Written by Jeph Loeb
Pencils by Ed McGuinness
Inks by Dexter Vines
Color by Marte Gracia
Letters by Albert Deschecne
Production by Manny Mederos
Published by Marvel Comics
In celestial terms, a nova appears as the sudden brightening of a star, luminous and at times instantaneous. An apropos name then for a character whose legacy might best be cataloged in bursts.
Richard Rider’s most recent exploits under the guidance of Dan Abnett and Andy Lanning were not so widely enjoyed as they were lauded in modest, critical circles. That all ended some time ago in bleak, sacrificial death when Nova and his longtime pal Star-Lord sealed themselves and the mad Titan Thanos is a realm called the Cancerverse just as it began to implode. There’s a statue in a park somewhere and if you’re a fictional inhabitant of the Marvel Universe, you can visit and pay respects. Whether that’s truly the dot on the end of Richard Rider’s sentence, we’ll call it that for NOW!. Today marks the beginning of a new Nova’s exploits, a striking pulse of light on the surface of an ancient white dwarf.
While he’s already figured prominently (if briefly) in the Avengers vs. X-Men event, Sam Alexander had yet to receive a proper origin story. Jeph Loeb and Ed McGuinness take us back to the beginning in Carefree, Arizona. The next member of the Nova corps has yet to actually don his helmet (call this one a prologue), but he’s no stranger to the far-flung adventures of the galactic police force. Sam’s father Jesse, a high school custodian, has spent the last fifteen years recounting his own experiences in the corps as one of the elite black novas. Though little sister Kaelynn still looks on her father in awe, Sam’s a jaded teenager (I’d say an entirely reasonable teenager if he didn’t live in a world so consistently threatened by cosmic plight). He’s openly frustrated with the smallness of his town and especially with his sad-sack father’s ongoing fantasies.
Sam views his old man as a haggard drunk with increasingly harmful delusions, an embarrassment and profound weight on the family. In reality, the cause and effect are reversed. Of course Jesse really was a Nova those seventeen years ago, and like so many veterans of foreign wars, has seen little success in peace time. He gave up his career as a space cop to join his pregnant wife on Earth, all with the good graces of his unit, who may actually have been doomed by his departure. Jesse’s grief over abandoning his comrades is only softened by sharing those tales with his family, and the Big Fish dynamic between Jesse and Sam lends the book a captivating human element. That extends to Sam’s interactions with his long-suffering mother (a staunch supporter of her troubled husband) and his sister (a wide-eyed innocent whose belief in Jesse both concerns and inspires Sam).
Though the kid’s voice frequently suffers from the hackneyed trope of a spiteful teenager readers know will eventually get over himself, Loeb understands that relationships aren’t always so simple and therefore balances the petulance with some actual tenderness. Tempering an opening flashback to a mission with the Guardians of the Galaxy, Sam interjects his father’s time-tested narration with his own commentary, a perfect introduction to their relationship amidst a colorful extraction operation with a gun-toting raccoon. Sam might resent his father’s stories, but that’s only because he worries how this all looks to outsiders. His jeering of the opening story betrays an actual fondness and relish for a familiar yarn.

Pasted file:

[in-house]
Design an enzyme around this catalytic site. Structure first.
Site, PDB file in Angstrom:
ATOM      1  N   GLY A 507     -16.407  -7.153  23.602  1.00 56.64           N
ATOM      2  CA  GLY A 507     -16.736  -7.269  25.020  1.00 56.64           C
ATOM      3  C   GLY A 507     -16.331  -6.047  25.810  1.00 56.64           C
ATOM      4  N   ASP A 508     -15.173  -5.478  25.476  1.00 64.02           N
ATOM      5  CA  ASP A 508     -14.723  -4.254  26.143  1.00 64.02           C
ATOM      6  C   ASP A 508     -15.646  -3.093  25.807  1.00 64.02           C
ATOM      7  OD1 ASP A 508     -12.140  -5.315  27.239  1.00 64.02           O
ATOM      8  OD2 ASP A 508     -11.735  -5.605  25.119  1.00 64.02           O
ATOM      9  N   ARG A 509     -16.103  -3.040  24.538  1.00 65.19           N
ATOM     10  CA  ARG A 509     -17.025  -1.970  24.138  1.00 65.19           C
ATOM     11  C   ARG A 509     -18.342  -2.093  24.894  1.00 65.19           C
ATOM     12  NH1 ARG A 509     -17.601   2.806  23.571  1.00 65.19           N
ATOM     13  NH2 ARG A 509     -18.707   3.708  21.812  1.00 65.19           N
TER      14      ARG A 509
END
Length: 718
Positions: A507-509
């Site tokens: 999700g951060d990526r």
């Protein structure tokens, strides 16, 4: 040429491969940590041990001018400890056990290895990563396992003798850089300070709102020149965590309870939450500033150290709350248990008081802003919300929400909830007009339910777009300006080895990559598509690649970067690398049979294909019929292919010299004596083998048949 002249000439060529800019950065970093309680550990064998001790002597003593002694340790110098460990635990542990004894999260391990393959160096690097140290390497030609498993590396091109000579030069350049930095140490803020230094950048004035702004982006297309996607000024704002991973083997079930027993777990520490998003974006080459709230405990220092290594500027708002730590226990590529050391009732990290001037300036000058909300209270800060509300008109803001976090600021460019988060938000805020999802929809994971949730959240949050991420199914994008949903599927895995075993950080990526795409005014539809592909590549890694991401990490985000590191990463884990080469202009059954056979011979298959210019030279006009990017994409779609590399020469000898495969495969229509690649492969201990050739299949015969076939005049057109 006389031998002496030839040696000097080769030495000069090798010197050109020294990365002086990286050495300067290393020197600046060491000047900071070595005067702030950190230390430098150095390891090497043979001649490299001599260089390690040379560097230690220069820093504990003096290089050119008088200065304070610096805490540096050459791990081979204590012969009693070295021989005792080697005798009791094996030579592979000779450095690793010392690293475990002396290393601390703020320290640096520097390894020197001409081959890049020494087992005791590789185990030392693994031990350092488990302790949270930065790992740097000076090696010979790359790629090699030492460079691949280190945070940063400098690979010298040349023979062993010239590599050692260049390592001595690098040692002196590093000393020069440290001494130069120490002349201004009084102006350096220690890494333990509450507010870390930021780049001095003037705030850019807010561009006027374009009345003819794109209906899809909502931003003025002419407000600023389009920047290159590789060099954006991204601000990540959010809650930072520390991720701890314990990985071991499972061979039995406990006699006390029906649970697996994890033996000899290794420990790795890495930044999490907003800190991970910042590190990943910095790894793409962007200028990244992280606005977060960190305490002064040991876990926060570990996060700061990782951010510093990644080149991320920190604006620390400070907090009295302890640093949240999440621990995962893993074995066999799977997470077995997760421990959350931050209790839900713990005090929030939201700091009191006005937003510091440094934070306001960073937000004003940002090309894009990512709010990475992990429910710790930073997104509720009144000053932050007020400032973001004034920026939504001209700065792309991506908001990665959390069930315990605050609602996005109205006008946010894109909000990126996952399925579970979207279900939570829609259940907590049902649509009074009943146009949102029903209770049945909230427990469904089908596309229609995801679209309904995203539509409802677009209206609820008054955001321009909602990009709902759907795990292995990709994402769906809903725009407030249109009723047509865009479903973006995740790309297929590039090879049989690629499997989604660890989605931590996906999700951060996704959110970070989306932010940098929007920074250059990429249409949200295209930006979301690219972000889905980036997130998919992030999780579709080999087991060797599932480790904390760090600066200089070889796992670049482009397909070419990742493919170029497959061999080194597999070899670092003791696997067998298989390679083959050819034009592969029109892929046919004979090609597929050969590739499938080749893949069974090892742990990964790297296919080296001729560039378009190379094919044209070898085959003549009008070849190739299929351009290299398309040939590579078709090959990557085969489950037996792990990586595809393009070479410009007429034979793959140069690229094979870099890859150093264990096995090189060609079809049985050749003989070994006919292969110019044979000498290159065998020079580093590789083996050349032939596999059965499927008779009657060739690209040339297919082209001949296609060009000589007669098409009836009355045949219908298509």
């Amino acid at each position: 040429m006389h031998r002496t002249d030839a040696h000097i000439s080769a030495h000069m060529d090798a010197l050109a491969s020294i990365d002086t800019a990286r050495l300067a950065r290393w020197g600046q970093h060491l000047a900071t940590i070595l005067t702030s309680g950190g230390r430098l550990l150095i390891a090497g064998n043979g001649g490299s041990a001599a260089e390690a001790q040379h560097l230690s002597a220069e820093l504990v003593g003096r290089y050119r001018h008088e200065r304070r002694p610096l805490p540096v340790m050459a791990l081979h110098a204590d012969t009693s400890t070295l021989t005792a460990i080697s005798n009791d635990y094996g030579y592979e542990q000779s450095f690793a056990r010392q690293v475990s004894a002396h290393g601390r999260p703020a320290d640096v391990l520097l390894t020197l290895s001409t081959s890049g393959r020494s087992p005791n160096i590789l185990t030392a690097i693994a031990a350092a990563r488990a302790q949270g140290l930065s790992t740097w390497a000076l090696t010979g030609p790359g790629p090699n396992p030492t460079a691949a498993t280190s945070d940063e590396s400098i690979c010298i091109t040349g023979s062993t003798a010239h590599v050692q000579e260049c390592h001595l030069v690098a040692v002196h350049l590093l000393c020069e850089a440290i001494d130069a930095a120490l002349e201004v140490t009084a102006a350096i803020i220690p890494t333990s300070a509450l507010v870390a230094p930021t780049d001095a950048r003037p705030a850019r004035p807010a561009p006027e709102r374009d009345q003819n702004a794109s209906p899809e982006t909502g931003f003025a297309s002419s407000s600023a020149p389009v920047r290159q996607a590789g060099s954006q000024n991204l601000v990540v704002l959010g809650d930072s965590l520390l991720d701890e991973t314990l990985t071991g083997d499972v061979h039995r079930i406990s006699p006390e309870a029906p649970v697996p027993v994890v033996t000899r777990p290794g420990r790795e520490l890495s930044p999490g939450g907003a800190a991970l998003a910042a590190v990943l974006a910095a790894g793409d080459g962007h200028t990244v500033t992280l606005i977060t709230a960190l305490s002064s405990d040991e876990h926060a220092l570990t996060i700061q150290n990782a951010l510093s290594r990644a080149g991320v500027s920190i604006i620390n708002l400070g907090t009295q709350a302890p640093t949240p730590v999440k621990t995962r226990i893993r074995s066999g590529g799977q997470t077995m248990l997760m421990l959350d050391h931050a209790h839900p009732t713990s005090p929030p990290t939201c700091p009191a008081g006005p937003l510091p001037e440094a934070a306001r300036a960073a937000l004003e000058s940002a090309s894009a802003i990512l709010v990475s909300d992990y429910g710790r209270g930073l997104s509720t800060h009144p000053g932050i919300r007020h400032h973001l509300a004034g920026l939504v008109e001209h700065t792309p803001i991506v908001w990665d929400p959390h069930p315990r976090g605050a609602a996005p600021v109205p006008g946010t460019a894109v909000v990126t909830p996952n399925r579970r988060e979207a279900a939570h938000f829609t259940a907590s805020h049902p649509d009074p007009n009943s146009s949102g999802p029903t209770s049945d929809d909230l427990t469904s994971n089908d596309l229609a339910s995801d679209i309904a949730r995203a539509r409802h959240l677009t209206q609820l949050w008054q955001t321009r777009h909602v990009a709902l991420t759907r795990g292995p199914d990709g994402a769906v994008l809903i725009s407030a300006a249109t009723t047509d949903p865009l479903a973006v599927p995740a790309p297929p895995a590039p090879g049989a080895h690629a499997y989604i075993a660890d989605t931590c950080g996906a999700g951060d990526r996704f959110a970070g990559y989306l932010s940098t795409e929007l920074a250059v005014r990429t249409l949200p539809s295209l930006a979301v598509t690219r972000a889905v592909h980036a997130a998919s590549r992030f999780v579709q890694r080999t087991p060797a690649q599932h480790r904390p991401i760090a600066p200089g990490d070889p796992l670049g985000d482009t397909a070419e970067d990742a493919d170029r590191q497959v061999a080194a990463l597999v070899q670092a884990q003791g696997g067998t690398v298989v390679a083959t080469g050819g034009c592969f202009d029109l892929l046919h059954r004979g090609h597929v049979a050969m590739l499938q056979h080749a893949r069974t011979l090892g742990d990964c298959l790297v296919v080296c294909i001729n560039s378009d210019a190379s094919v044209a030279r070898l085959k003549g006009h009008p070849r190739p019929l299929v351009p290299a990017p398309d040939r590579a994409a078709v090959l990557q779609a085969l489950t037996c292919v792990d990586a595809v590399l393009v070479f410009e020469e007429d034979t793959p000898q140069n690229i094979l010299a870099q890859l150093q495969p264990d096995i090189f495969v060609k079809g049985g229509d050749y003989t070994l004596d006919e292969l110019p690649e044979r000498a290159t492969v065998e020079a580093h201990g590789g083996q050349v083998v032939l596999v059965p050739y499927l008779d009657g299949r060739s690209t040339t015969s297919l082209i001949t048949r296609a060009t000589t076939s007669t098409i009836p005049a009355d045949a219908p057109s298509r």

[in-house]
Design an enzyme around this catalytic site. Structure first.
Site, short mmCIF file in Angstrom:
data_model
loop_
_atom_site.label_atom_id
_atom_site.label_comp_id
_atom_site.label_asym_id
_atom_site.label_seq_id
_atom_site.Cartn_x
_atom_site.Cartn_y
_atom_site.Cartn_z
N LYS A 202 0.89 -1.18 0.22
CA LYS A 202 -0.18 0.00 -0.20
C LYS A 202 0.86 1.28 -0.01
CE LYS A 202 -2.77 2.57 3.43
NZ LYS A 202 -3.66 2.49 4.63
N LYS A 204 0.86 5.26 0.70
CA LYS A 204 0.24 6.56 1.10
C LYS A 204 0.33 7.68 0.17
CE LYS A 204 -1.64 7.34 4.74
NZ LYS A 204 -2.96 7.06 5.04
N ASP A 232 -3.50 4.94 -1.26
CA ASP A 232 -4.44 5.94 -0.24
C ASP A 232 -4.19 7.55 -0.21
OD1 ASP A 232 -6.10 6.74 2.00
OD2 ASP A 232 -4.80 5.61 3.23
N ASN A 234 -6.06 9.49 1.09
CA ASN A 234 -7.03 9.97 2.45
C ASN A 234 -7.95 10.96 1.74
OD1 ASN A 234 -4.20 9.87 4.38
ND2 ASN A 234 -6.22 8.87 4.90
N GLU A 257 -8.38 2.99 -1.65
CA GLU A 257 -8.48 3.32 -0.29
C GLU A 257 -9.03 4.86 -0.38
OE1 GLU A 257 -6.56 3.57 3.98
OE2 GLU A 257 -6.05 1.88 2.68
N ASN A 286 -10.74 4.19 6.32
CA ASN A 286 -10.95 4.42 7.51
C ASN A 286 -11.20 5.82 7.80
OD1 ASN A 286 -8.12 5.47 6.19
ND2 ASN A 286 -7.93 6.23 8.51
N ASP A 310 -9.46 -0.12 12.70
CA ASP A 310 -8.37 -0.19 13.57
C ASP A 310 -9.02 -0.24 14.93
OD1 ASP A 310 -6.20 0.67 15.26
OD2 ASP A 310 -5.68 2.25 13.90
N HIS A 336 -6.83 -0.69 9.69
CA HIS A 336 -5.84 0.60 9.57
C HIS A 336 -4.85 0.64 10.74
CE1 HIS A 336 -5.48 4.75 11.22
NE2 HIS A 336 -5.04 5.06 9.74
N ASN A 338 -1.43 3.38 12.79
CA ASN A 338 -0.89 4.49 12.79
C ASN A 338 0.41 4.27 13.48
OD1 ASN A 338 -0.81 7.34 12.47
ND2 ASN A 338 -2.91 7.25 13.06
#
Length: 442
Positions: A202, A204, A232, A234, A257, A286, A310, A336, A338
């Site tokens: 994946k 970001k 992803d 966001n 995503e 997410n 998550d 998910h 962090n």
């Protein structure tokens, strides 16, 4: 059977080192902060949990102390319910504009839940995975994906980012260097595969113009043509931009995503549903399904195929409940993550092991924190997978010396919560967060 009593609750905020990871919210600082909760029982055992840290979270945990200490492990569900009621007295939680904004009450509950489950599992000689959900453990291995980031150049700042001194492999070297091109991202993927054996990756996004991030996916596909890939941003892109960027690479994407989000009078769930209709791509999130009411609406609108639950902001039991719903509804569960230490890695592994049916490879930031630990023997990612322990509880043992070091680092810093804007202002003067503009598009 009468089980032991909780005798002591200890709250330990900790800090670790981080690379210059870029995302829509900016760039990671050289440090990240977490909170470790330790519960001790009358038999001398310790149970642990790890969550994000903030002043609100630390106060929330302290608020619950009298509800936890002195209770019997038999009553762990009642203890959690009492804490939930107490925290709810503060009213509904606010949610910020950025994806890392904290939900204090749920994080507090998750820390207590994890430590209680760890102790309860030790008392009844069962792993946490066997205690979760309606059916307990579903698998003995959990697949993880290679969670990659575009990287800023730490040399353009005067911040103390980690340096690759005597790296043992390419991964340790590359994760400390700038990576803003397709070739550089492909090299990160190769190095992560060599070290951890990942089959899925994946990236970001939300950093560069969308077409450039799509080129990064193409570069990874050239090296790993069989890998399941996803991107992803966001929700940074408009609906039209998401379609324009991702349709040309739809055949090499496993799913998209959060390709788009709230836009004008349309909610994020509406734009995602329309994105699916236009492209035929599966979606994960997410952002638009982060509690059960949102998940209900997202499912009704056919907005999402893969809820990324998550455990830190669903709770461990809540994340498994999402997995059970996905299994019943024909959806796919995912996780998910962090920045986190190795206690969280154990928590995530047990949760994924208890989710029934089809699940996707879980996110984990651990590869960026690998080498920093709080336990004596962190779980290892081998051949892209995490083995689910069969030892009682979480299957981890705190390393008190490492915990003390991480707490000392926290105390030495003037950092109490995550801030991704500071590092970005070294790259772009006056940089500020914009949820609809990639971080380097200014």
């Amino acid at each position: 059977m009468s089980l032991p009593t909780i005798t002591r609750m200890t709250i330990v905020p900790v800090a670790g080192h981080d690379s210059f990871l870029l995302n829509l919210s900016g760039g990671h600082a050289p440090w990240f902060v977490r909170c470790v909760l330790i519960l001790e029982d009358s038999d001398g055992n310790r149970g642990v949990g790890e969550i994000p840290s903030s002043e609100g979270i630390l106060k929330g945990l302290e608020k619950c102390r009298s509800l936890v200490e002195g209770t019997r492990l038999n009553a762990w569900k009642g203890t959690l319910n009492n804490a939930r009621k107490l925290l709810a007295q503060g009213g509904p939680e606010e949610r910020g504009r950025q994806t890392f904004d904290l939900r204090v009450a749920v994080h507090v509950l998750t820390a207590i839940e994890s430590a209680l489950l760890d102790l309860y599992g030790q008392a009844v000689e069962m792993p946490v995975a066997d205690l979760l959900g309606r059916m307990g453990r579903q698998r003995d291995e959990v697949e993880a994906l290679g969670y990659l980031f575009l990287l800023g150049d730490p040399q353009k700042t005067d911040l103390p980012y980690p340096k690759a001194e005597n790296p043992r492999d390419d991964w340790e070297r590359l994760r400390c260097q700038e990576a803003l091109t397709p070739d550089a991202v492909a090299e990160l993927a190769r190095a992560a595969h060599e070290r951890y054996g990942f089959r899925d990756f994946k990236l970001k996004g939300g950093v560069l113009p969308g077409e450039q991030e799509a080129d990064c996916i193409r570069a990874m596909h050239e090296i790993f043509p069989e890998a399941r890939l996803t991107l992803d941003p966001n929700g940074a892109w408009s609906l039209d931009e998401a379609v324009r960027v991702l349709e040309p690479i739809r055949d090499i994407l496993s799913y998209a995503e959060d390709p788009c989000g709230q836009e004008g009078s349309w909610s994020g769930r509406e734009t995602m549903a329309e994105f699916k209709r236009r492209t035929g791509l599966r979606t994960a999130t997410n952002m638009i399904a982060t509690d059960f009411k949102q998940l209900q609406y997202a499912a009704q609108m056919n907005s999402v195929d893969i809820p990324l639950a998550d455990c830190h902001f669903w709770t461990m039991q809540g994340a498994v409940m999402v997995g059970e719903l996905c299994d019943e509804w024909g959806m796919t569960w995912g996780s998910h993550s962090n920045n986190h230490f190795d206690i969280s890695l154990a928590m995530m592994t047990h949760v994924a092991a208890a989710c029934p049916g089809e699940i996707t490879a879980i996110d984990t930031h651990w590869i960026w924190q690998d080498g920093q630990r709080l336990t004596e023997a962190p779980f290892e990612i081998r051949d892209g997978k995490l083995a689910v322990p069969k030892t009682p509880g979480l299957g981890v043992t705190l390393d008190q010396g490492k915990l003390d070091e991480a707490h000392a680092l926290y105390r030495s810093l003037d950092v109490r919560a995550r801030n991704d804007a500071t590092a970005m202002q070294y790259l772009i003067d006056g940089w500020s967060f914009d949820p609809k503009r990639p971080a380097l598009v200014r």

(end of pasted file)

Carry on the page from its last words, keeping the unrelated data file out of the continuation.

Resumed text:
Sadly, neither Loeb or McGuinness lend the hamlet of Carefree and her youth as authentic or timely a voice as other recent teen hero adventures. While Loeb’s depiction of the Alexander family feels decidedly timeless and relatable, some interactions at school offer paint-by-numbers characterization. The choice to cast James Tolkan (circa Back to the Future) as bald, stern high school Principal Philbin registers less a winning homage than a jarring, ill-conceived cameo. That Philbin confronts Sam about his father’s lackluster job performance comes across as especially inappropriate. Chalk that up to character choice, but it’s also a heavy-handed contrivance to further compound Sam’s frustration with a cookie-cutter small town and the shame he harbors for his father’s perceived eccentricity.
As for the science-fiction element, Loeb’s Nova Corps reads very much like an all-ages depiction of DC Comics’ Green Lantern Corps, perhaps especially through the burly cat-man Titus, cut from the same cloth as cuddly drill sergeant Kilowog. It’s also unclear whether McGuinness knows quite what to do with Gamora, draping the lethal assassin across the page like an Aspen comic pinup, bloody daggers held demurely. That said, the cosmic material to this point is presented entirely through the lens of Jesse’s nostalgia, likely filtered for his young children. It’s all a bit playful, perhaps lighter in tone than Sam’s more grounded concerns. The tone seems right aside from Gamora’s unnerving girlishness. Whether Sam’s call to adventure will retain the mostly all-ages vibe or take it a little darker remains to be seen, of course.
With a solid foundation on the likable, thoughtfully drawn Alexander family, Nova has the potential for greatness. It’s not likely to offer the same inventive space opera elements as Abnett & Lanning wrought while in command of Marvel Cosmic (in fact, Loeb has openly rejected Marvel Cosmic as a pocket unto itself, preferring to extend those characters amnesty into the larger Marvel Universe). The human element is crucial though, and if Loeb and company can maintain those relationships and build upon them with the growing cast, Nova could generate stories as inviting and compelling as what Bendis has cultivated with Ultimate Comics Spider-Man. In a market inundated with darker material, this is welcoming refreshment.
Keep the light going.
Story: 3.5 / Art: 4 / Overall: 4
(Out of 5 Stars)